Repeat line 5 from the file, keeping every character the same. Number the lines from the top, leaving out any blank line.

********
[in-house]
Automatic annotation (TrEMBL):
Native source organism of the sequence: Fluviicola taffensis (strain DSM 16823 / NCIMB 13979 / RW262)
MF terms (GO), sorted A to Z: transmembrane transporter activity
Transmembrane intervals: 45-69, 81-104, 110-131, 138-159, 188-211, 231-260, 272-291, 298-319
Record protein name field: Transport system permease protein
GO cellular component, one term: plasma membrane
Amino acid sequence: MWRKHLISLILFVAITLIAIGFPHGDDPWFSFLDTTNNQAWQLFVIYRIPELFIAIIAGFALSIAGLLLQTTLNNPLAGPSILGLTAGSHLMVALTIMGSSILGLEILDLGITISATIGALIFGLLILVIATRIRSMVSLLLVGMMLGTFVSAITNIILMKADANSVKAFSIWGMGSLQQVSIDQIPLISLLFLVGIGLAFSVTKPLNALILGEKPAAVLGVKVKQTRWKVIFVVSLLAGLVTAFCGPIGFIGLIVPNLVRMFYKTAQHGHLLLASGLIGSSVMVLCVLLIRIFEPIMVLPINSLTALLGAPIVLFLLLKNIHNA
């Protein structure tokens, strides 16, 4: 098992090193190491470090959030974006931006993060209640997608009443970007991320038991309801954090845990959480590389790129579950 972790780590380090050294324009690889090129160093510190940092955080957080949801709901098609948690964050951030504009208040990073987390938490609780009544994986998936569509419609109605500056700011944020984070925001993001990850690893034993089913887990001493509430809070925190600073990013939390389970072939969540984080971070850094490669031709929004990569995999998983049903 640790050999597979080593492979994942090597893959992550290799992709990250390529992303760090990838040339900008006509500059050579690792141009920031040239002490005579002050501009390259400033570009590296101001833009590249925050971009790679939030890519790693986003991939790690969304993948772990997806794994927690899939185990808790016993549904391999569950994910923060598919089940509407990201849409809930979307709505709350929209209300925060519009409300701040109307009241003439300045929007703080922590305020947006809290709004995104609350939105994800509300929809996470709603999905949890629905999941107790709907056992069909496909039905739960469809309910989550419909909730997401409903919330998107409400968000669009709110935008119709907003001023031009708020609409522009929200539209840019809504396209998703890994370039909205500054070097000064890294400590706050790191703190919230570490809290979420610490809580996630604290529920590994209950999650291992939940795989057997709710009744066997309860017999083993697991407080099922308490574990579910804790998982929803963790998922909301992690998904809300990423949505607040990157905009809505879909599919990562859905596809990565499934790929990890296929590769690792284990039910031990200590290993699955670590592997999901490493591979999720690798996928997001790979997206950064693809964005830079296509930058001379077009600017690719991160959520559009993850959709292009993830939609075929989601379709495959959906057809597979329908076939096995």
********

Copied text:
Transmembrane intervals: 45-69, 81-104, 110-131, 138-159, 188-211, 231-260, 272-291, 298-319